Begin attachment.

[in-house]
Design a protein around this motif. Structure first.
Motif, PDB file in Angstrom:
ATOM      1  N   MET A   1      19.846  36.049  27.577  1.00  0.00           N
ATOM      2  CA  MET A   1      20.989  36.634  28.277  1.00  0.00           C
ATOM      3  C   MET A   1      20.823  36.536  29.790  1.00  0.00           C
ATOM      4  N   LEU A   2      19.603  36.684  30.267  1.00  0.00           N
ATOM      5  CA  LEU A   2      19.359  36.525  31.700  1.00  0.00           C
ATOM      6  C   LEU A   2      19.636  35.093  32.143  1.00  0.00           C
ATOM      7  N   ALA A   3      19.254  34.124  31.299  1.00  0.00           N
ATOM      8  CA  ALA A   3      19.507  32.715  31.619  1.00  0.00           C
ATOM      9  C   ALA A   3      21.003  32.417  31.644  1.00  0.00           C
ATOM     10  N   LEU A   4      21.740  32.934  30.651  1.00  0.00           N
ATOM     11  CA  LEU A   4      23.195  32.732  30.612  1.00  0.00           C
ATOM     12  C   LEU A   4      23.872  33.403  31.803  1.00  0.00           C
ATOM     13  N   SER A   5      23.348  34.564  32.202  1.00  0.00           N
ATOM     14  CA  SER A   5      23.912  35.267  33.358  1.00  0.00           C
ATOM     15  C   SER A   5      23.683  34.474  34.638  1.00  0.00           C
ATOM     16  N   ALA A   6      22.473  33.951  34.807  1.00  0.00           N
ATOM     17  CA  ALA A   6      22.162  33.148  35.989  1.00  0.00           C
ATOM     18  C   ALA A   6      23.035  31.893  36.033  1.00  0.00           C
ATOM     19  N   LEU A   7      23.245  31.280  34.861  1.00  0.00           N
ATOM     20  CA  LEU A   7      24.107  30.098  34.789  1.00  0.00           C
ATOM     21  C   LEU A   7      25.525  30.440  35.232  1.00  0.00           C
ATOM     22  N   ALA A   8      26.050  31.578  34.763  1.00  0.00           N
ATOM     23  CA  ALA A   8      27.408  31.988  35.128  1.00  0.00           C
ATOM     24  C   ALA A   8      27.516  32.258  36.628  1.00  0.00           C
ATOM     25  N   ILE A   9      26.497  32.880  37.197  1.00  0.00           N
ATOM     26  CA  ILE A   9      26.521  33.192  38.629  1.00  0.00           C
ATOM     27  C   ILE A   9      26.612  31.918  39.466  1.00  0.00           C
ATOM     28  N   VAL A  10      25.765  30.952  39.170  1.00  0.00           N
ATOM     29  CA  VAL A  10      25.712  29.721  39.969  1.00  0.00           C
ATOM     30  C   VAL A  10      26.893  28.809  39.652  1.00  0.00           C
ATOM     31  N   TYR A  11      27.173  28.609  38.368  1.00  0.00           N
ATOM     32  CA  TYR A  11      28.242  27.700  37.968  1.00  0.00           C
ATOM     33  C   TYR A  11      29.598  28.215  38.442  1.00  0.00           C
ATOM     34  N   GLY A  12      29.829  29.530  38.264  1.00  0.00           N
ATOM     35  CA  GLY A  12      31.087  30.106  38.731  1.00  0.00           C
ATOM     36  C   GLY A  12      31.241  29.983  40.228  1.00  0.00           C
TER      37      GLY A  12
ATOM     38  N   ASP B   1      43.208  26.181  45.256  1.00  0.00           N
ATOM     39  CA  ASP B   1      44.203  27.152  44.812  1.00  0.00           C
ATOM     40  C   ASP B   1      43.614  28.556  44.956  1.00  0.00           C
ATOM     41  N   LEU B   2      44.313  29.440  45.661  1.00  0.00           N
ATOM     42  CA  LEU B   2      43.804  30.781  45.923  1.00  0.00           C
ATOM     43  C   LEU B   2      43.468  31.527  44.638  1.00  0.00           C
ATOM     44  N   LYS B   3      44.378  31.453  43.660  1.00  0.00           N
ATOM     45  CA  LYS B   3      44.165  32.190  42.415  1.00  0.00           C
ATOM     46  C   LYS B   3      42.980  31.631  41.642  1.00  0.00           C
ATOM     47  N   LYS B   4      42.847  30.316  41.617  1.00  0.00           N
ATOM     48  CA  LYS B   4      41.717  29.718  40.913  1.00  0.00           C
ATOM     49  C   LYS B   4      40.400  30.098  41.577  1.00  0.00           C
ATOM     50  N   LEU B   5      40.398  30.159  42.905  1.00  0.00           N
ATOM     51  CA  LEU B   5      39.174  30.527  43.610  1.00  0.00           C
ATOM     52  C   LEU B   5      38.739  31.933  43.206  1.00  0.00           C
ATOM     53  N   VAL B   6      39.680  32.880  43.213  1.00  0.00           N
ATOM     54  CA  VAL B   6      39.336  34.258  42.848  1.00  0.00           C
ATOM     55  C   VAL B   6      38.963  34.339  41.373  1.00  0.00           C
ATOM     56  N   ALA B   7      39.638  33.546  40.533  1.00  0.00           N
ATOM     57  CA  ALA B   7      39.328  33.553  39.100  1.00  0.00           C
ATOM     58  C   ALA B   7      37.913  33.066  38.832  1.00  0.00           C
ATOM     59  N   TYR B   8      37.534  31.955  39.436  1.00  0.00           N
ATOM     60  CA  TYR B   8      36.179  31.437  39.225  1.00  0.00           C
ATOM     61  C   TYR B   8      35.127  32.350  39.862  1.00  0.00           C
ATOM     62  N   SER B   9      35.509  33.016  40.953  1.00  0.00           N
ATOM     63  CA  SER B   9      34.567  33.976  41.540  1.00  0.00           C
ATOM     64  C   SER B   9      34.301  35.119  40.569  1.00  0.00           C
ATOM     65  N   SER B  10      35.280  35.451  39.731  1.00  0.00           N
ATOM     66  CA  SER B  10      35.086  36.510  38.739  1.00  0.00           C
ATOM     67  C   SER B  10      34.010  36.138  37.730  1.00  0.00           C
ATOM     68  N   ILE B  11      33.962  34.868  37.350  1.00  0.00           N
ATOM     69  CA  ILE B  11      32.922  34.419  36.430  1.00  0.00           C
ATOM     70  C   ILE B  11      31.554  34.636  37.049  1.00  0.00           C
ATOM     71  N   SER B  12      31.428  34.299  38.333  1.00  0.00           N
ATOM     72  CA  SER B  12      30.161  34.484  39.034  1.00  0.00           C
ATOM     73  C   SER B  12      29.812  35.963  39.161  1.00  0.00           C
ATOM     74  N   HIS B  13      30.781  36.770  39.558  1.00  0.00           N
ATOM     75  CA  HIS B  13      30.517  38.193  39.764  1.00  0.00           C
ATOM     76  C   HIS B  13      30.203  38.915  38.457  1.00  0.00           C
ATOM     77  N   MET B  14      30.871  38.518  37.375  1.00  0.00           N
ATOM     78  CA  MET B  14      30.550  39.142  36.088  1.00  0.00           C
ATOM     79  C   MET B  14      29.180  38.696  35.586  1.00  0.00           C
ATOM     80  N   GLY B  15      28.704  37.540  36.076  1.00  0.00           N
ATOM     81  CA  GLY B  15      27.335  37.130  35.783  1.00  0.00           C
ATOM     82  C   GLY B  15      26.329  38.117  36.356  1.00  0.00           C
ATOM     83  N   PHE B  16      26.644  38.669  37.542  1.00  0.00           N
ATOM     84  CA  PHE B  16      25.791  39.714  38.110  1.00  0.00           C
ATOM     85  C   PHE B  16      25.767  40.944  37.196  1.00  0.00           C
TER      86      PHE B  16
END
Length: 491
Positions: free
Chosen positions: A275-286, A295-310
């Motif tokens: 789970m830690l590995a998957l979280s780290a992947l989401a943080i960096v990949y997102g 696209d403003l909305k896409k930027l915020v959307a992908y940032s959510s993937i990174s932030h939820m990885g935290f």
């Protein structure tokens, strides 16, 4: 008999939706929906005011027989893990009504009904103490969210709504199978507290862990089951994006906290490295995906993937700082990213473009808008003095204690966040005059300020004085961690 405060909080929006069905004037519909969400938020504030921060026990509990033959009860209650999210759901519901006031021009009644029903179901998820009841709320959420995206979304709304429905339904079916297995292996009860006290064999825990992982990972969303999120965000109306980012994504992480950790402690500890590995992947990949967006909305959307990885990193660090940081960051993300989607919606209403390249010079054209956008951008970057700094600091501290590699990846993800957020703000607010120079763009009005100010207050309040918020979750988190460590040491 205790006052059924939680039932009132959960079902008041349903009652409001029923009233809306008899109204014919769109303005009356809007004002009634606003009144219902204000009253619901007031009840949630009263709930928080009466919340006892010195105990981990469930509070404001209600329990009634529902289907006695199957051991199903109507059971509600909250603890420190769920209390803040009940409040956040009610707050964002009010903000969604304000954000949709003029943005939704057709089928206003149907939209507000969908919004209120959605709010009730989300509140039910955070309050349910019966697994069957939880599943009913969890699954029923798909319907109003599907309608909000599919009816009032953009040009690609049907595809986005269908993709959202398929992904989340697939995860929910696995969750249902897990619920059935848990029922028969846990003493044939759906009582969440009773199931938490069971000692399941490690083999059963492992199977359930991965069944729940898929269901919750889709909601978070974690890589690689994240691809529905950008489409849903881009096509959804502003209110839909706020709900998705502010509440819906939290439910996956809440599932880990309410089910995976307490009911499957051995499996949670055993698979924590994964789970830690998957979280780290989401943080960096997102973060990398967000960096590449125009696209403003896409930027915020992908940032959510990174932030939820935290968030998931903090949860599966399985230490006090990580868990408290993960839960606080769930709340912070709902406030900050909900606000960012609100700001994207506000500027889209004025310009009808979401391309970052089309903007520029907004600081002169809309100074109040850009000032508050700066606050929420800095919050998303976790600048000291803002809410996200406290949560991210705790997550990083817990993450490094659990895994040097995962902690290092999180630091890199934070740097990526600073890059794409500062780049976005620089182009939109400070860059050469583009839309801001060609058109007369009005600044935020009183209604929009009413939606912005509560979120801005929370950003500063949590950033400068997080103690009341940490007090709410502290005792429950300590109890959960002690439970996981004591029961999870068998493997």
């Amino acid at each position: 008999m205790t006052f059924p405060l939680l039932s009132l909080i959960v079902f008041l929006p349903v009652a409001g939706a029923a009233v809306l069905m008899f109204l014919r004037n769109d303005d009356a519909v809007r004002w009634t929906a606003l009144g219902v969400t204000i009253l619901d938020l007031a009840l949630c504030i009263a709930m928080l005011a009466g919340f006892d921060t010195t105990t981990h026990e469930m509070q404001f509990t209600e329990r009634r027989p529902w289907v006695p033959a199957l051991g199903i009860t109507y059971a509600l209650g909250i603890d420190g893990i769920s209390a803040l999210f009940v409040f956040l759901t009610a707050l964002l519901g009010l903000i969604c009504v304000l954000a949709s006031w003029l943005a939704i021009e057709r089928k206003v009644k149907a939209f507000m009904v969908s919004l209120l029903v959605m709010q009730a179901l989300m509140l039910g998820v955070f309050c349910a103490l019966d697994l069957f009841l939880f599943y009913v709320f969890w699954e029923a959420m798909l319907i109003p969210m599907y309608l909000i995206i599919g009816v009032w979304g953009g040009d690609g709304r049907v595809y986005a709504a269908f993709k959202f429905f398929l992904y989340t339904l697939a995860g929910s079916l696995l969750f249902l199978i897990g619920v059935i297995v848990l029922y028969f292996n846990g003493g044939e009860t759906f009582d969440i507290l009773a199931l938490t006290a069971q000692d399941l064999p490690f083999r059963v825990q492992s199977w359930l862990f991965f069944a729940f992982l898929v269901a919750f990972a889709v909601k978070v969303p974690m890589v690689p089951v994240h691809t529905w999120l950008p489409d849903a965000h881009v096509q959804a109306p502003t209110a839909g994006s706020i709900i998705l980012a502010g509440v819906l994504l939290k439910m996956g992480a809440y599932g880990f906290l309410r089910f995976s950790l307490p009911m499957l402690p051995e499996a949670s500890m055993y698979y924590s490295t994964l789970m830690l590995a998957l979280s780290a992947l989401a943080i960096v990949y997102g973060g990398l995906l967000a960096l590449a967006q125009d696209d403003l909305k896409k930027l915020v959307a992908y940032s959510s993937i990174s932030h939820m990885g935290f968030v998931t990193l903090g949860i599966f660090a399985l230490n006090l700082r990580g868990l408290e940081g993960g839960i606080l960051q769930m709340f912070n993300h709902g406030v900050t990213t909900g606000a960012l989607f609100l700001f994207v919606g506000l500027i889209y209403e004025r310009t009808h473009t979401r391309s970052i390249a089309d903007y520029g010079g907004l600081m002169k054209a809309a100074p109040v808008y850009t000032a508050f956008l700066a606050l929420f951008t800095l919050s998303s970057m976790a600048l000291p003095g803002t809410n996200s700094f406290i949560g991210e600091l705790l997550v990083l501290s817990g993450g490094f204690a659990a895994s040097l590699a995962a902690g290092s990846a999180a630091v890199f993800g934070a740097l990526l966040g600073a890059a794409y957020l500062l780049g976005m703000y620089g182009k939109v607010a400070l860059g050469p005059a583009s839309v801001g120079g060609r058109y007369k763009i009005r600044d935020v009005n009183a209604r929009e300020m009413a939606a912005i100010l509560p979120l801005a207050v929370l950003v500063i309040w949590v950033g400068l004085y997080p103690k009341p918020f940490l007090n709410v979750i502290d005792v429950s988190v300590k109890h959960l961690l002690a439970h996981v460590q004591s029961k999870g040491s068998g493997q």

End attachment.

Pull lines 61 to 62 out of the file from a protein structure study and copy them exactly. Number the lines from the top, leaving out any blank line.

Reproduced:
ATOM     58  C   ALA B   7      37.913  33.066  38.832  1.00  0.00           C
ATOM     59  N   TYR B   8      37.534  31.955  39.436  1.00  0.00           N